So here’s my assignment for the week: write a description of one of the characters who will be in your memoir. Here’s what I have written.
“When I met Jim, he was a warm, charismatic 17-year old. Everything about him was golden and good. He was an A student parented by professional educators, a member of the Mormon Church who spent an hour in seminary every day before school, an athlete competitive in tennis, a baritone soloist with the school choir, a blue-eyed blonde with thick, curly surfer locks and a regular California dream. And the crowning touch? His grandfather was an Italian immigrant. I was introduced to him at our high school’s International Talk-In, where locals were given the opportunity to mingle with exchange students. I was then the Vice President of the Italian Club, a thorough Anglo hopelessly enamored of all things italiano. My best friend at the time, the President of the Club, Lynn Panighetti, introduced us. Jim enclosed my right hand in a bear paw and then wouldn’t let go. His long lashes fluttered in befuddlement as he pretended our hands were magically glued together. He was a flirt, a funny one, and I was instantly flattered and powerfully attracted.
His right hand was broad with short, stubby fingers. He would later lament how often he “fat fingered” the keys of his computer. He had a scar on his fourth finger from a machine accident he had while working in a cannery at age 15. He told me after we’d been dating for a few years that I could have all of him except the thumb and two middle fingers of his right hand – he needed them for bowling. Eventually, he qualified for PBA membership; he always pushed himself to achieve the highest level possible in any of his pursuits. His hands matched the rest of his mesomorphic frame. At 5 feet 8 inches tall, with a massive barrel chest, he resembled a friendly teddy bear, especially to my 15-year old eyes. I nicknamed him Winnie the Pooh.
Thirty years later, that stocky body was swollen with toxins and dialysis solution as a result of his failing kidneys. His barrel chest sported a 6-inch scar where they had split his sternum to perform double bypass surgery on his 31-year old heart. A longer scar down his right calf marked the place where they had harvested a vein for the graft. The kids called his lower legs “cankles” because they looked like calves and ankles combined after neuropathy and edema developed. His polar bear feet with the sideways little toes were in pretty good shape for a diabetic. He had lost only one toenail to ulcerating infection. His hair was still thick, too short to be very curly, and just barely graying at the temples. His beautiful Italian mouth fringed by the ginger mustache looked about to smile, but it wouldn’t. His ears were blue with what our daughter identified as ‘circumaural cyanosis’. (“See, Daddy, I’m really smart,” she sobbed.) He was dead.”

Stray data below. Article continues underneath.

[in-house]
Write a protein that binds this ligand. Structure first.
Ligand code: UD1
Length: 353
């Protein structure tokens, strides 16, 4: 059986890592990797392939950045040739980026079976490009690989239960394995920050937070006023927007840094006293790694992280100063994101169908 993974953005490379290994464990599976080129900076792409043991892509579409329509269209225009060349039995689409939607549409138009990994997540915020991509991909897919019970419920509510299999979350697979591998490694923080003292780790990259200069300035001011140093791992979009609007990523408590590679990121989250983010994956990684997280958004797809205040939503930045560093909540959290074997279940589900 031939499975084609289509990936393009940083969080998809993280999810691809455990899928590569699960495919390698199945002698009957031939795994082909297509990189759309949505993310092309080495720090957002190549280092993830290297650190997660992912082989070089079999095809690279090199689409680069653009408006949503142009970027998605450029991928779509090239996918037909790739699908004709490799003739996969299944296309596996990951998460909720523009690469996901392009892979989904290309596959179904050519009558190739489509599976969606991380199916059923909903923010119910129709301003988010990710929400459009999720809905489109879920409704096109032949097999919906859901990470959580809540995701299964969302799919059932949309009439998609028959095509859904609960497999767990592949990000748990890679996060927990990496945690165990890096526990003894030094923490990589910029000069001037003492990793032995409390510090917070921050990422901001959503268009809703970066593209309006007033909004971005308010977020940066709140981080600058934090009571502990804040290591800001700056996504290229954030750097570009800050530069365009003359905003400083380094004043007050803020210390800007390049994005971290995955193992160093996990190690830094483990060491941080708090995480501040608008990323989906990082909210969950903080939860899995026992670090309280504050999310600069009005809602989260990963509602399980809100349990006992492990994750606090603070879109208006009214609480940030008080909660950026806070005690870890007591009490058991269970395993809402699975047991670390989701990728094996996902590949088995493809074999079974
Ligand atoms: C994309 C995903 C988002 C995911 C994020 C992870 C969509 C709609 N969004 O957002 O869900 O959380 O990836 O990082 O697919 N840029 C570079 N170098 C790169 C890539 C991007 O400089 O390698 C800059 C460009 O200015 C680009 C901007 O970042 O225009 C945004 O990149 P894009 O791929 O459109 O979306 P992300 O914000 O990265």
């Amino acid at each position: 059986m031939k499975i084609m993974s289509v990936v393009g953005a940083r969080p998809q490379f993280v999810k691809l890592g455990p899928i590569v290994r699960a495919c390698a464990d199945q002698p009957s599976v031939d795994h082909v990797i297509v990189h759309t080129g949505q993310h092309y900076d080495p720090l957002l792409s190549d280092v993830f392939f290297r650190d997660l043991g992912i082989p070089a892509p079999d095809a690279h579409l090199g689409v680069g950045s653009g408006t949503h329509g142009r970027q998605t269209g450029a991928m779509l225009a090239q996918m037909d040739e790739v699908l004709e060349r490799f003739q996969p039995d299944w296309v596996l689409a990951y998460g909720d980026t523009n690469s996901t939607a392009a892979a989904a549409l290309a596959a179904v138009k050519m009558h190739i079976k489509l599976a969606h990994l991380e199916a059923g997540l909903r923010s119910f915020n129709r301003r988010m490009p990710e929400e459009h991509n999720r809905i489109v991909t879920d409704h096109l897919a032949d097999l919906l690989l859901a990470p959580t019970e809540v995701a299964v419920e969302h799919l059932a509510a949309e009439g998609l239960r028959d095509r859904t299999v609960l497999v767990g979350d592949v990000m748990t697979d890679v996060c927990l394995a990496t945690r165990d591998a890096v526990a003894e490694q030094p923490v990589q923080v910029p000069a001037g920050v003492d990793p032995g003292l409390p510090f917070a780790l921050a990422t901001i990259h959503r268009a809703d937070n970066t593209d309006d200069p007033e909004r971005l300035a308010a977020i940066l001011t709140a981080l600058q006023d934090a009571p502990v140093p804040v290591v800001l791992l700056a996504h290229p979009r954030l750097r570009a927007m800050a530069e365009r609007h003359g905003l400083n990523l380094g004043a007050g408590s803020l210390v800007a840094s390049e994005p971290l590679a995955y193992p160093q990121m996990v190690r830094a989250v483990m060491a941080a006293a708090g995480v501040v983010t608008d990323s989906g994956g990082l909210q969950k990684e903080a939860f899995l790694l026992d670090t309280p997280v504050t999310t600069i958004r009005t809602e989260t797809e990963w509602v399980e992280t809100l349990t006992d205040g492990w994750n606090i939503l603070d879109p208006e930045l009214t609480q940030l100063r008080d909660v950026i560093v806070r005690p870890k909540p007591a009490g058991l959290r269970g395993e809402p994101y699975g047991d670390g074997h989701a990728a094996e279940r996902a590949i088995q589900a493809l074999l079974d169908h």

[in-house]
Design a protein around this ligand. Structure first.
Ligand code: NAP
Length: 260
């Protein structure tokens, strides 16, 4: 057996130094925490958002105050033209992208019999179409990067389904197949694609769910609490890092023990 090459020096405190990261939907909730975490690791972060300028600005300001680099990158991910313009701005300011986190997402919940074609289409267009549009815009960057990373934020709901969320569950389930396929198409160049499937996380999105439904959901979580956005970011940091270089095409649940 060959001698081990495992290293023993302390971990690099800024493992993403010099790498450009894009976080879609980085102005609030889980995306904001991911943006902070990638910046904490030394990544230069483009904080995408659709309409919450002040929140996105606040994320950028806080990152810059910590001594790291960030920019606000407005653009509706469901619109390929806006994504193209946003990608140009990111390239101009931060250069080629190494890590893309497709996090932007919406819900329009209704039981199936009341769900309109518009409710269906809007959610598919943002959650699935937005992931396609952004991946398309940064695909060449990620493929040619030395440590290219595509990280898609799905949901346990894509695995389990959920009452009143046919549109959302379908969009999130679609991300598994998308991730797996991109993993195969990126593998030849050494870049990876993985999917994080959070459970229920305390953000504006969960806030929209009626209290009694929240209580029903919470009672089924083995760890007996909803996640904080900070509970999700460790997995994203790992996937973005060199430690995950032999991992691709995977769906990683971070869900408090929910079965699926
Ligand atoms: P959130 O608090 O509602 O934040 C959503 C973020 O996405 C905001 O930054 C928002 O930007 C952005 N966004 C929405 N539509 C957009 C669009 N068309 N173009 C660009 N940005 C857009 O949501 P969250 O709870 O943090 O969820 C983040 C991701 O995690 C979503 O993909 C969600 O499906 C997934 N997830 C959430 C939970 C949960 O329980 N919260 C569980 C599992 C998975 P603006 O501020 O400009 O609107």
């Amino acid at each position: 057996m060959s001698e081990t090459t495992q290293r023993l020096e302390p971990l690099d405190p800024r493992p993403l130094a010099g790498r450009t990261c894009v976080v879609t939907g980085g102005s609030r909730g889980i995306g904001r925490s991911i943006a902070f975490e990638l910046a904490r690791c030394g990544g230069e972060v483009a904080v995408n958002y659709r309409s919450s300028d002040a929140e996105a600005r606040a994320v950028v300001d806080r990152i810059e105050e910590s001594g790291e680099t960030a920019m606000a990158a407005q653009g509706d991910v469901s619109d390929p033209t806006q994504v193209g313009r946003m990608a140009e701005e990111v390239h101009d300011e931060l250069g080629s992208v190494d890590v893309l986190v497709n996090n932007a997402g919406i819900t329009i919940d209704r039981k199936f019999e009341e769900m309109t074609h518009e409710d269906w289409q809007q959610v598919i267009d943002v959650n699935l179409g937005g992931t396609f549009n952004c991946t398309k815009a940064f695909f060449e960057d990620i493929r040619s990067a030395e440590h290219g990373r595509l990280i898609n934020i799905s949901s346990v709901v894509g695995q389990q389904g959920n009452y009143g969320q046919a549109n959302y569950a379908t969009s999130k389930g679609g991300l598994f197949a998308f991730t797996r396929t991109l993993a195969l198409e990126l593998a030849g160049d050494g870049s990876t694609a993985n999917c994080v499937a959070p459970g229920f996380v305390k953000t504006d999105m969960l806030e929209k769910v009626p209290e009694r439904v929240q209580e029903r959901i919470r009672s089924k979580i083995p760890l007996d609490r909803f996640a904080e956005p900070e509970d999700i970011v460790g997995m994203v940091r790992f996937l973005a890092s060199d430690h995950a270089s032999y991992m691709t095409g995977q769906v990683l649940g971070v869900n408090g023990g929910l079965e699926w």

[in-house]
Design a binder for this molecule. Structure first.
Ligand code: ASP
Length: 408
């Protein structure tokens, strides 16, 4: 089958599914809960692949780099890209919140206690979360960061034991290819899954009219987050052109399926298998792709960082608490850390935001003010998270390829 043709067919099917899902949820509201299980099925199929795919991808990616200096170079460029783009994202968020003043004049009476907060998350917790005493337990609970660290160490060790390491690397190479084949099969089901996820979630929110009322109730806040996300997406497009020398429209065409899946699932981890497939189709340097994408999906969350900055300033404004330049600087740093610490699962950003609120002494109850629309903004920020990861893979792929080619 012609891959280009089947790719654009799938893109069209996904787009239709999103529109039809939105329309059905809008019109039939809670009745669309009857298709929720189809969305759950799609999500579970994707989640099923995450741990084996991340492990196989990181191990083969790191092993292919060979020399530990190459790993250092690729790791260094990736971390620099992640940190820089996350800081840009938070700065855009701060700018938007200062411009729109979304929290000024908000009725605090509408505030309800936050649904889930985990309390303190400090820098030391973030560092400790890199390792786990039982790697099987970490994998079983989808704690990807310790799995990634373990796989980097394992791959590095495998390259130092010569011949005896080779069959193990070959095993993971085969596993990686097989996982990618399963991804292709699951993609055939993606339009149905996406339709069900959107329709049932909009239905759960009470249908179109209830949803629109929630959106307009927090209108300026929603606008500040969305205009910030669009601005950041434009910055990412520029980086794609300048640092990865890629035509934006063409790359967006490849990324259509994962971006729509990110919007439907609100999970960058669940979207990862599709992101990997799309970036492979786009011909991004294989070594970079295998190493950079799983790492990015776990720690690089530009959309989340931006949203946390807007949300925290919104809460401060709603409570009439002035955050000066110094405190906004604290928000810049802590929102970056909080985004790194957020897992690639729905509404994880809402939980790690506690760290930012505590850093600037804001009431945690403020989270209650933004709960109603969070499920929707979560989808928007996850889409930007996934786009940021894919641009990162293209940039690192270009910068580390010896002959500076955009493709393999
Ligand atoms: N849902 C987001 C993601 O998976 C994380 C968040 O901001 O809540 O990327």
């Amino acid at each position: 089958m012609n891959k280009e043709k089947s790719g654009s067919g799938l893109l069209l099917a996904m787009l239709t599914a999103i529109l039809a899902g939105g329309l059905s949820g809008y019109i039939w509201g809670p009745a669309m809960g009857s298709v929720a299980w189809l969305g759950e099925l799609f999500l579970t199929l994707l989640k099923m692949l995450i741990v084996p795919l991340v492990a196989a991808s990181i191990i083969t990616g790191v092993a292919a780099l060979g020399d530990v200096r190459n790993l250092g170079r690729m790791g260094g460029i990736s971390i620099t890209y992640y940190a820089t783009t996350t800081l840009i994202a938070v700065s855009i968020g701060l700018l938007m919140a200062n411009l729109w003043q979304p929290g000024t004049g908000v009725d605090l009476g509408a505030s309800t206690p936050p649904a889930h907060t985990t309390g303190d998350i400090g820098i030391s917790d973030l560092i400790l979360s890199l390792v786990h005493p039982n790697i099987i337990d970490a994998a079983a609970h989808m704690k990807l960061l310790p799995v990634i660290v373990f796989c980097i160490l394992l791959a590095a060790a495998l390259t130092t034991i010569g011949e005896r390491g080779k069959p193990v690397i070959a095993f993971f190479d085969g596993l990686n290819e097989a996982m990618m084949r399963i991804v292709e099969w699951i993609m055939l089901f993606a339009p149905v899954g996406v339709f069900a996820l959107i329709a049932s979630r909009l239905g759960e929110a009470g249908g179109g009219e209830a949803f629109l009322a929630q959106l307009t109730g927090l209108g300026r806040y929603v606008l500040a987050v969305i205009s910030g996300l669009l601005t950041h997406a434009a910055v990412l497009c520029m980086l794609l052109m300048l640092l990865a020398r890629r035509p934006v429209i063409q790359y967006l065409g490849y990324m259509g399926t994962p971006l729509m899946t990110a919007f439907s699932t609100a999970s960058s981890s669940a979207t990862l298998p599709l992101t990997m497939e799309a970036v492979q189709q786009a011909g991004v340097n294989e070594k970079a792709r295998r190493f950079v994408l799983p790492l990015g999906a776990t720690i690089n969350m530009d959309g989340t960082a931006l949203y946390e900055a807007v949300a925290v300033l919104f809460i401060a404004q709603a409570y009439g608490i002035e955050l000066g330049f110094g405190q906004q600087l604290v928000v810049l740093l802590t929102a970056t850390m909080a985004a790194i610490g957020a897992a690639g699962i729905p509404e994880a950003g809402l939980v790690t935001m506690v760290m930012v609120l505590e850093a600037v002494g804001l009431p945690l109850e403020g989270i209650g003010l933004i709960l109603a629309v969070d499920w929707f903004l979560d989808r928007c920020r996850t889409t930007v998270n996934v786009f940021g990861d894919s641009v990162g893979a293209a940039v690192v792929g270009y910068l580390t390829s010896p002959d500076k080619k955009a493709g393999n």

I have become rather moody while taking this course. Finished Joan Didion’s memoir about her husband’s death (The Year of Magical Thinking) last night and did a little research. Her only child died at the age of 39 just a month before it was published. Recent images of her are gaunt and haunted. Interesting that she was an Episcopalian, like me. Her New York life reminds me a little of Madeleine L’Engle’s (another Episcopalian), but she is more neurotic, less serenely spiritual. L’Engle’s memoir of her marriage to actor Hugh Franklin was a favorite of mine about 20 years ago. (Two-Part Invention) I feel rather like I’m swimming in the shallow end of their private pool.